When Coming out Isn’t Coming of Age

Birna Gustafson, Sex Educator

As Pride month comes and goes, we celebrate the stories and lived experiences of those bravely and proudly living as their authentic selves as a part of the LGBTQ community. Much of the pride-themed media focuses on being “out”, and a myriad of coming out stories are met with reflection and encouragement. For many in the community, coming out is a rite of passage of sorts, and while no two stories are the same, the media often depicts this moment as a climactic experience in a young adult’s life. However, what about people who didn’t even know they weren’t straight until their thirties? How about those who didn’t come out to their families until they were well into their forties? Or those who may have had a vague idea of their sexual orientation but didn’t consider venturing into exploring this part of themselves until their late twenties? All of these experiences and realizations later in life are normal and more common than popular media may suggest. A person is completely valid in their identity no matter how old they were when they realize or lean into it, or the circumstances which prevented them from living their truth publicly.

Contrary to popular depictions, coming out is often not one singular moment for someone in their lifetime. There’s often a slow build-up of curiosity, questioning, exploration, doubt, and a series of ups and downs until they have reached self-acceptance. Coming out also may be a shift in someone’s personal life, but they may have to repeat this process over and over throughout their lifetime as it may come up with new people; the phrases “He’s my boyfriend, not my roommate” or “I’m flattered, but I’m actually not into men” are ways of coming out, too. Often referred to as “baby gays” (at any age), there’s sometimes a bit of anticipatory anxiety about the aftermath of coming out, whether to yourself or publicly.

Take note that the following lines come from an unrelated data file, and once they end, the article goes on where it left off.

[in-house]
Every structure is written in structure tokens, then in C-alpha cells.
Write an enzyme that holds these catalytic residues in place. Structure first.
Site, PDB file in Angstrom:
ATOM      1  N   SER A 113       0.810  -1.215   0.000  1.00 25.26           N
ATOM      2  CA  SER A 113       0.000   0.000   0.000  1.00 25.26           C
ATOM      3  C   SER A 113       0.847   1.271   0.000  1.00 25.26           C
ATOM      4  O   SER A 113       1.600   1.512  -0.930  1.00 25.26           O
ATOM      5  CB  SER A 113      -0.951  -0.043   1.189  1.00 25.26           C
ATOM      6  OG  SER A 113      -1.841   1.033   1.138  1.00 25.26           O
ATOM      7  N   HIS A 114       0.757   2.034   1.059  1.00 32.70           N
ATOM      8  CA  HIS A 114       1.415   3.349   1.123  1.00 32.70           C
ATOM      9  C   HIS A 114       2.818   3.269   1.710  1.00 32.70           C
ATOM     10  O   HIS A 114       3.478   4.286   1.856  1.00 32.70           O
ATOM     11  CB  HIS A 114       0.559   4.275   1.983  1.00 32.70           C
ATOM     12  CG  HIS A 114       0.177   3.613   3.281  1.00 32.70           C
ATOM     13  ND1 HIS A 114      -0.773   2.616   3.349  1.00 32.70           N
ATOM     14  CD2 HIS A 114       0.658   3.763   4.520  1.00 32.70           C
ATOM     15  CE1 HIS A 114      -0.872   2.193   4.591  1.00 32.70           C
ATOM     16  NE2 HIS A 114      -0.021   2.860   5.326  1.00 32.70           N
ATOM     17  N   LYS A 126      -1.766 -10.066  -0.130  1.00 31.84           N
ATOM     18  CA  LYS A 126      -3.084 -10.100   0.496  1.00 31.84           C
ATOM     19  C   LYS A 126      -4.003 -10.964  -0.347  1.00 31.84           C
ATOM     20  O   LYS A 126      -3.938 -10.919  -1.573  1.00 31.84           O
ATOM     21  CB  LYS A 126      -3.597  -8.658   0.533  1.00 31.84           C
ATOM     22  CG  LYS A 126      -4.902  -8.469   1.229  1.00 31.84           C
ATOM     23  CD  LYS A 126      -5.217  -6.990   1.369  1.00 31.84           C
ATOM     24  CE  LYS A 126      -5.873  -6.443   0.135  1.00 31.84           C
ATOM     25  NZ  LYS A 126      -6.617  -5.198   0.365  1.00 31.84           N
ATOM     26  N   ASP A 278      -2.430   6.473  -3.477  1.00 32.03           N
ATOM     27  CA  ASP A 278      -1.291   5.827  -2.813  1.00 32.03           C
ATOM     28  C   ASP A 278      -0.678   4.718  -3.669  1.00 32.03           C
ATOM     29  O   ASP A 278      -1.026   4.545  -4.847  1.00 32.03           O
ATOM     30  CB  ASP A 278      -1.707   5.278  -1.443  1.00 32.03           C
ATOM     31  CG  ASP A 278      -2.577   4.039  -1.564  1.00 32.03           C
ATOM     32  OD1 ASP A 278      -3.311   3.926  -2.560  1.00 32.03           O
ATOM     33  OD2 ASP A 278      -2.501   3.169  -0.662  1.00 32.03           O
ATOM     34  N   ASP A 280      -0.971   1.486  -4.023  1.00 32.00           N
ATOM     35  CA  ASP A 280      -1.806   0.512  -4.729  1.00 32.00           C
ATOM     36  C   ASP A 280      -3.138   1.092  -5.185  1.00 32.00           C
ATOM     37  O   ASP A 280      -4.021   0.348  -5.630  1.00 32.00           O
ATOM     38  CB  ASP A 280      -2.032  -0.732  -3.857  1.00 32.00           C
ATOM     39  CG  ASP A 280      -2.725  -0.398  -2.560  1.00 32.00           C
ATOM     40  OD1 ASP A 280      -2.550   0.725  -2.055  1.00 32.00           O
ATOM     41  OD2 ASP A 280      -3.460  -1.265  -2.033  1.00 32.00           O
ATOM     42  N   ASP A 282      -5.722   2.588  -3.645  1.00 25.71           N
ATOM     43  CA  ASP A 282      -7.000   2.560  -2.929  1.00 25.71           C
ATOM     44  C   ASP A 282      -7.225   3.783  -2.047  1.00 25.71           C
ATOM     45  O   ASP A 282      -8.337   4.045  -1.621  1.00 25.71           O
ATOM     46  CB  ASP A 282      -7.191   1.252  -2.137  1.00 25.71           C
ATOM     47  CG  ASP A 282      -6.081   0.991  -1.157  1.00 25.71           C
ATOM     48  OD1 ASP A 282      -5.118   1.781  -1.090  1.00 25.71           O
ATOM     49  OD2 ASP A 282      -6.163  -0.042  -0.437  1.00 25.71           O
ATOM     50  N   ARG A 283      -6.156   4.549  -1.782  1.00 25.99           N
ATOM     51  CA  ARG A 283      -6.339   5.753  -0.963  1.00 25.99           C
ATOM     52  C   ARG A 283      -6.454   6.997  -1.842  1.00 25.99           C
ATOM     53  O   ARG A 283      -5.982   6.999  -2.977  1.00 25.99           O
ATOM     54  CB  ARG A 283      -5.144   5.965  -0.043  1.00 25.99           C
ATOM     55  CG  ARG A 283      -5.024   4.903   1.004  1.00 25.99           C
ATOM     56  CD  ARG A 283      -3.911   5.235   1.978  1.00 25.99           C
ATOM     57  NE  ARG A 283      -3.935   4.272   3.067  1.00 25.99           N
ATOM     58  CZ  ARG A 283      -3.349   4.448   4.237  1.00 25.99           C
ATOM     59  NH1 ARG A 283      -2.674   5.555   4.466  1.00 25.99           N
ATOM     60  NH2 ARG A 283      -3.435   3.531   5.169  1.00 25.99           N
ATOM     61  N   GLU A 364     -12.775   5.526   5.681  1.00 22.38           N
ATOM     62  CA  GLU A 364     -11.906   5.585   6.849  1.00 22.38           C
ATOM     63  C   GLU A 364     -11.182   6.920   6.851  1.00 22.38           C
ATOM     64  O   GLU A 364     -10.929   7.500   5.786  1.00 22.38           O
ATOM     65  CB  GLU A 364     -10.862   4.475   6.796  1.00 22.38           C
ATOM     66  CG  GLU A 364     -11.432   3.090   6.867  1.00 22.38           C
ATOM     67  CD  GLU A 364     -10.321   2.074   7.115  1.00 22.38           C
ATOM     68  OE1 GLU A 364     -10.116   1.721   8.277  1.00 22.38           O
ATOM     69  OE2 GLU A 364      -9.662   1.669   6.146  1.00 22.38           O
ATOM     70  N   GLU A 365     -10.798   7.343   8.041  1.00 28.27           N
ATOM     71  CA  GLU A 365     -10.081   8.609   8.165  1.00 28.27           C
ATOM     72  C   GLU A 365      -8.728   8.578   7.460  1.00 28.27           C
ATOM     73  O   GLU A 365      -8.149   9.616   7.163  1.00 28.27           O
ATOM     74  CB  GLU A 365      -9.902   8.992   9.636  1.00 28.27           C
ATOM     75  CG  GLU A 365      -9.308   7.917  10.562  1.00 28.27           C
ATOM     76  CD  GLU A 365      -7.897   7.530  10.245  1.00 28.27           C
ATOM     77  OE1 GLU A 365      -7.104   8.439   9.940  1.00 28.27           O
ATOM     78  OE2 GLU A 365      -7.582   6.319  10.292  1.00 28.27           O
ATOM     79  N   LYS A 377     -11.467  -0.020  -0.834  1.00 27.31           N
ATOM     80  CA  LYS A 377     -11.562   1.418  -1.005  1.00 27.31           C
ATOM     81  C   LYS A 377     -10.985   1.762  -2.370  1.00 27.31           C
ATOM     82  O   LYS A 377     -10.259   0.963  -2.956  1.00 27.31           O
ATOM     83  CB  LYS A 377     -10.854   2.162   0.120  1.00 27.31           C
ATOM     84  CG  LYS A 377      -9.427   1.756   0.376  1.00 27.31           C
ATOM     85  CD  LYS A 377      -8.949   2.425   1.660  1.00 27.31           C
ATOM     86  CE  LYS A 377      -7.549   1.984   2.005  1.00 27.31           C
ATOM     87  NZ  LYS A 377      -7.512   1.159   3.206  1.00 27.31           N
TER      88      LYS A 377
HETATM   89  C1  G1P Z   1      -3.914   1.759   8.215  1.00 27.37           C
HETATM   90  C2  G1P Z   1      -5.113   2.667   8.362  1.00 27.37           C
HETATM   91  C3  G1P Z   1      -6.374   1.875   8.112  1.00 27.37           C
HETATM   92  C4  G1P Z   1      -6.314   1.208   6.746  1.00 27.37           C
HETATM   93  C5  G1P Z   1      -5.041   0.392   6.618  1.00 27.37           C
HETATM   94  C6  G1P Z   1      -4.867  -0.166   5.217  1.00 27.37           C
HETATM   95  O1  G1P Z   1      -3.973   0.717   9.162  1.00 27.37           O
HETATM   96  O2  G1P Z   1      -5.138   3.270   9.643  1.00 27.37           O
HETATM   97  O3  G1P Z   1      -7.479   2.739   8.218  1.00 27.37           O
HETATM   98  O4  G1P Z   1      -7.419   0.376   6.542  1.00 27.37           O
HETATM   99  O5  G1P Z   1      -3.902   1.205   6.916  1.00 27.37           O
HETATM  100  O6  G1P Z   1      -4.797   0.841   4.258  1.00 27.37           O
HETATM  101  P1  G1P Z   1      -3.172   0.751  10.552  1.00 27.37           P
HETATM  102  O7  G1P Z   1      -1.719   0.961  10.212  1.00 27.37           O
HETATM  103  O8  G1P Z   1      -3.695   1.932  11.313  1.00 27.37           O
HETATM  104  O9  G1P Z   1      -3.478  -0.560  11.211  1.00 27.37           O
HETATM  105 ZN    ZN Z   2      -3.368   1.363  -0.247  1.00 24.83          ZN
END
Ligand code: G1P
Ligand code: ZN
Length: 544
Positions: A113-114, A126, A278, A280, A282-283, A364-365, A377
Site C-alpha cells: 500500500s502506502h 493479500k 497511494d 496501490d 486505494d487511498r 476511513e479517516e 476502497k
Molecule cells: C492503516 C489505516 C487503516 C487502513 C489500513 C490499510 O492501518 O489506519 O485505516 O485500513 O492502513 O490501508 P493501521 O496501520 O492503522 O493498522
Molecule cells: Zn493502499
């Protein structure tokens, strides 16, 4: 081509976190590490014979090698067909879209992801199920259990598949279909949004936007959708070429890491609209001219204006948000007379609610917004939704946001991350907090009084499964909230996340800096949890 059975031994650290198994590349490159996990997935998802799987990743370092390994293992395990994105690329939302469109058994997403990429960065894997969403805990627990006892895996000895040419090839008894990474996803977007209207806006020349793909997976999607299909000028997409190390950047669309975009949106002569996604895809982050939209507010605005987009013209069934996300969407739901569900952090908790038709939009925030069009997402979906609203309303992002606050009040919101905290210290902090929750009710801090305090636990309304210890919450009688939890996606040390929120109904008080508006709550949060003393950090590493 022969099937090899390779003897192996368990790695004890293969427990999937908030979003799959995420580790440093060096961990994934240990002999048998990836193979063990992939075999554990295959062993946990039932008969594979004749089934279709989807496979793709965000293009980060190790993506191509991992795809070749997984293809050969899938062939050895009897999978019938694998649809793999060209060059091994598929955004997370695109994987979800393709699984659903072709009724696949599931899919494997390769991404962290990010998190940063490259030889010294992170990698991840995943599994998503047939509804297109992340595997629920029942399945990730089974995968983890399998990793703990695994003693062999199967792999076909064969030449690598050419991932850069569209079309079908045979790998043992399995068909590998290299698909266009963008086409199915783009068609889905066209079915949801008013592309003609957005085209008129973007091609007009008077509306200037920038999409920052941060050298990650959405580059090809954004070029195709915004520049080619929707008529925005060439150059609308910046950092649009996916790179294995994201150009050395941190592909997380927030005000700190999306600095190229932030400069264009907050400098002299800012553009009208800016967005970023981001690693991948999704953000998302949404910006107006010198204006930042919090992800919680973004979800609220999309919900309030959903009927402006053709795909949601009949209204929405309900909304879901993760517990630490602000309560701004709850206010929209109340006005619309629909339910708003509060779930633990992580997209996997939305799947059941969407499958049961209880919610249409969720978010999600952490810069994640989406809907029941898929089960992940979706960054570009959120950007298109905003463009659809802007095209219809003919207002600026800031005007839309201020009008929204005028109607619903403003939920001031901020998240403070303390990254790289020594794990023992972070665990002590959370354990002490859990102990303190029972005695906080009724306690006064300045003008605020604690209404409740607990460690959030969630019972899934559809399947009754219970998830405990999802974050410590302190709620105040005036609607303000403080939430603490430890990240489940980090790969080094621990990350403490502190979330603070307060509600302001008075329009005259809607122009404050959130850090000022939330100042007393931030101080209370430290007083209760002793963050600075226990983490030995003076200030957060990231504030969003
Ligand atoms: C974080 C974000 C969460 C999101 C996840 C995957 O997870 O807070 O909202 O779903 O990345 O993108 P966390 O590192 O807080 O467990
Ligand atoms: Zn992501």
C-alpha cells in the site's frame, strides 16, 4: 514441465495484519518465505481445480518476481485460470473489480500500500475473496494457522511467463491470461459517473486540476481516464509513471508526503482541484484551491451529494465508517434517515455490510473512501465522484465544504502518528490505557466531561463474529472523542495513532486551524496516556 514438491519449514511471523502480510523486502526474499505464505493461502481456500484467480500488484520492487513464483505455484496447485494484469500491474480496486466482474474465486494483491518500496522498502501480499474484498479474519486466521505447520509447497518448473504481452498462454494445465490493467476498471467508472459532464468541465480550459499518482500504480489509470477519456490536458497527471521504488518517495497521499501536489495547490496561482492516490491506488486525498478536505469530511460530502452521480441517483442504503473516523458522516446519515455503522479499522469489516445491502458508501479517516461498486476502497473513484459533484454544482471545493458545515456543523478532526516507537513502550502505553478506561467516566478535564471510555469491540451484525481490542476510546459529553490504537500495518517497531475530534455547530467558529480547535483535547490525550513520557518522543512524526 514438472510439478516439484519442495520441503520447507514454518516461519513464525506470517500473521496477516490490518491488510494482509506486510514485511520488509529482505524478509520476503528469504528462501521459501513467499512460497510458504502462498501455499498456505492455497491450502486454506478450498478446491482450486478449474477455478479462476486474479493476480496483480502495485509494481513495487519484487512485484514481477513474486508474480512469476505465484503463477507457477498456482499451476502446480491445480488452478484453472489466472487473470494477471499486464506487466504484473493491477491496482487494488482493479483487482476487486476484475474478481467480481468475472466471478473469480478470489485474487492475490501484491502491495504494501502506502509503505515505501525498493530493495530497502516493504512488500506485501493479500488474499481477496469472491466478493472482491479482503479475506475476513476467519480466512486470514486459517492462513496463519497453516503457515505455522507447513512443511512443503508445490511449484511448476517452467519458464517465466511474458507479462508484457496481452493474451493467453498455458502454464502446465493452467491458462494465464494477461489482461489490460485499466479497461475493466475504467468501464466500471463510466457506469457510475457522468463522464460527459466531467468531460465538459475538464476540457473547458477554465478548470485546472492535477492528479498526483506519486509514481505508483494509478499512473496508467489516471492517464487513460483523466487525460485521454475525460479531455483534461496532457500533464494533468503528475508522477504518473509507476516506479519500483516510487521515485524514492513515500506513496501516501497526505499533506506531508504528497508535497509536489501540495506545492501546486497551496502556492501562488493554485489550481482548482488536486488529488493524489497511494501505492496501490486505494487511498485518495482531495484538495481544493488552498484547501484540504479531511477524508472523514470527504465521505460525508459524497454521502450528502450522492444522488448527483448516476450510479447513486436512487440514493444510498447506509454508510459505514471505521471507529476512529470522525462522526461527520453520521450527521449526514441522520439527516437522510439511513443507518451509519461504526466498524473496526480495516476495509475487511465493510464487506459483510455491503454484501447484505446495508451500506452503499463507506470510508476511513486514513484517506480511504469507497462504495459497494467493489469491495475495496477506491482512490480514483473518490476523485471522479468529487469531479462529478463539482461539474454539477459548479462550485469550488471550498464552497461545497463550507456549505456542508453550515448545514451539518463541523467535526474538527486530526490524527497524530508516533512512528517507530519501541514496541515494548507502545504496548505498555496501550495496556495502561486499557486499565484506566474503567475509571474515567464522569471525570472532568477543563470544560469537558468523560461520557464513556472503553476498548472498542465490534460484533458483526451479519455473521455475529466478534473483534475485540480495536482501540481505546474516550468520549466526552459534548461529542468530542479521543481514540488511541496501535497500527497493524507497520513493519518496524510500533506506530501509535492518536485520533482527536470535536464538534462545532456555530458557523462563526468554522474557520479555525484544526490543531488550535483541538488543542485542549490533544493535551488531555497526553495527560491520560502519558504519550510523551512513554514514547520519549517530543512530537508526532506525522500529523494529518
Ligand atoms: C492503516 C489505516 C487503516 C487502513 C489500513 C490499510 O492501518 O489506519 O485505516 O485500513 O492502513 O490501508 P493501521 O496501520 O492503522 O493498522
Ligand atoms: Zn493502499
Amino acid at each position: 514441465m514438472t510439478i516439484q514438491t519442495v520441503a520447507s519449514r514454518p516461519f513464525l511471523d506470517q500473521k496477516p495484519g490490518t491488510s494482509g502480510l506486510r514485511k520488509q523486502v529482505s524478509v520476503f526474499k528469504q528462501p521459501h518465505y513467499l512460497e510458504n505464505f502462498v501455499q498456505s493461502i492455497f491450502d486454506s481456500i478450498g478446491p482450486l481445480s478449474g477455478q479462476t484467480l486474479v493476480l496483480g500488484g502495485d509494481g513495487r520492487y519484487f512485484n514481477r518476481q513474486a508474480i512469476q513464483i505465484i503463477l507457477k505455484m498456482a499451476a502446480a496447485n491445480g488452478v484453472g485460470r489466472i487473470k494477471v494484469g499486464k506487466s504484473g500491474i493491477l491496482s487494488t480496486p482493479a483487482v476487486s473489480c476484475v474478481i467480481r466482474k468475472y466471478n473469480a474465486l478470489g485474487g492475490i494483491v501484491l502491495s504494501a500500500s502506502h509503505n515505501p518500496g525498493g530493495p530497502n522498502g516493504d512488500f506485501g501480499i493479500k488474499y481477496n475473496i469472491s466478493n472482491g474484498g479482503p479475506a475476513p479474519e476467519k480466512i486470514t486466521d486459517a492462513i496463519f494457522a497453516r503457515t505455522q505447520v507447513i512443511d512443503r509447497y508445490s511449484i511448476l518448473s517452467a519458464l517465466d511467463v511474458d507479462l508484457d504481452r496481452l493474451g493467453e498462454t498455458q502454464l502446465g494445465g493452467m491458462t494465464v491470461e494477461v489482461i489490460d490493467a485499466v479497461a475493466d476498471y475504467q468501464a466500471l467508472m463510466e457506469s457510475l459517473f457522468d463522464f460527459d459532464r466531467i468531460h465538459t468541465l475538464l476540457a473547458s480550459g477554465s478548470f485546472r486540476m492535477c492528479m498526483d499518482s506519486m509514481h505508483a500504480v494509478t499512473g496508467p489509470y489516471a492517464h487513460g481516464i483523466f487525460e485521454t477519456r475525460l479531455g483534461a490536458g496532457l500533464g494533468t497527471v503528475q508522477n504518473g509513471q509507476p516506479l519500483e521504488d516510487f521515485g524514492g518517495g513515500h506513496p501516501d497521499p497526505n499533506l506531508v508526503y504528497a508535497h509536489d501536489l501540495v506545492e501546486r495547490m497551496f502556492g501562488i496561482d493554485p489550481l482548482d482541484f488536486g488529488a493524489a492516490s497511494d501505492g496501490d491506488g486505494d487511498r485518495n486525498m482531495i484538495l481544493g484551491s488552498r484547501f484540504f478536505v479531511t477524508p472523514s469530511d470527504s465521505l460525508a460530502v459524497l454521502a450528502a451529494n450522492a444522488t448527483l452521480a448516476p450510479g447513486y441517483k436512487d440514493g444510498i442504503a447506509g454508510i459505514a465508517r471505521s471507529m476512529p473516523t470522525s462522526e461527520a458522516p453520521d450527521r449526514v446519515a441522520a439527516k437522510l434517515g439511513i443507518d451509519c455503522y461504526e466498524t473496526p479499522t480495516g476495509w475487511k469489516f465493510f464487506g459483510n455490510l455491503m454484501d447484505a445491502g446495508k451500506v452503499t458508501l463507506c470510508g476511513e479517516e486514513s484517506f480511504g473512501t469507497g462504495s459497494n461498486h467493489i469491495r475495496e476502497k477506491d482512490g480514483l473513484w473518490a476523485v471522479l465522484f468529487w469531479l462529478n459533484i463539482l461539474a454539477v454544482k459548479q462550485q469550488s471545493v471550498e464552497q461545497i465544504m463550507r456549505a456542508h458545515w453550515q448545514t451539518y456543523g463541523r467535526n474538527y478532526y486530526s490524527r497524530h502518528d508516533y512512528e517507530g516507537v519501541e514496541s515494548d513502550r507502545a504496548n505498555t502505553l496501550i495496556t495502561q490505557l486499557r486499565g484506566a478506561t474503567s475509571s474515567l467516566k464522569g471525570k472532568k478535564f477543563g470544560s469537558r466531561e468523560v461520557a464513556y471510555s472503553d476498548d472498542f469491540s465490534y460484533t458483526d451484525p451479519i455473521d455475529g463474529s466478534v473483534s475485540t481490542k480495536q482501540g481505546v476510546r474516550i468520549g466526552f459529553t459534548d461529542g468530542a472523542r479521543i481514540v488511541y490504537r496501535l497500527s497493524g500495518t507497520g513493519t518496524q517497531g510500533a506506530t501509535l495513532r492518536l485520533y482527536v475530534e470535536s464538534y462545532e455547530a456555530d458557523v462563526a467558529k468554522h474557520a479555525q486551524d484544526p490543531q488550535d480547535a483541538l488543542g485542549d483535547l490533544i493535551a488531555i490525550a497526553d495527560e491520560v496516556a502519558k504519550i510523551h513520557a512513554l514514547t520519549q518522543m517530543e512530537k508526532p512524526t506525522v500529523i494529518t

Ella was in a series of straight relationships throughout her teens and twenties, and while she was somewhat fulfilled, she did feel as if there was always something missing, particularly in her sex life. After a while of self-reflection and becoming closer with a woman she had feelings for,  she realized at the age of 32 that she wanted to identify as a lesbian, finally feeling the fulfillment she had been searching for throughout her dating history with men. After this realization, though, she immediately faced a new challenge in terms of putting herself out there. She felt intimated, as she wanted to date women her age but felt as if she had some catching up to do in terms of sexual experience and navigating the dating scene. “I was so relieved to finally realize I wasn’t straight after years of feeling broken, but I faced a new issue I wasn’t expecting. I thought, who would want to date a newbie like me?”, Ella says, expressing concerns about not matching up to other lesbians her age. “I soon realized that I wasn’t alone in coming out later, and I found my footing when I started to realize I wasn’t predatory or using women just because I was experimenting with them sexually.” By maintaining upfront communication with the women she was dating, she could explain her situation and ask for what she wanted with less insecurity.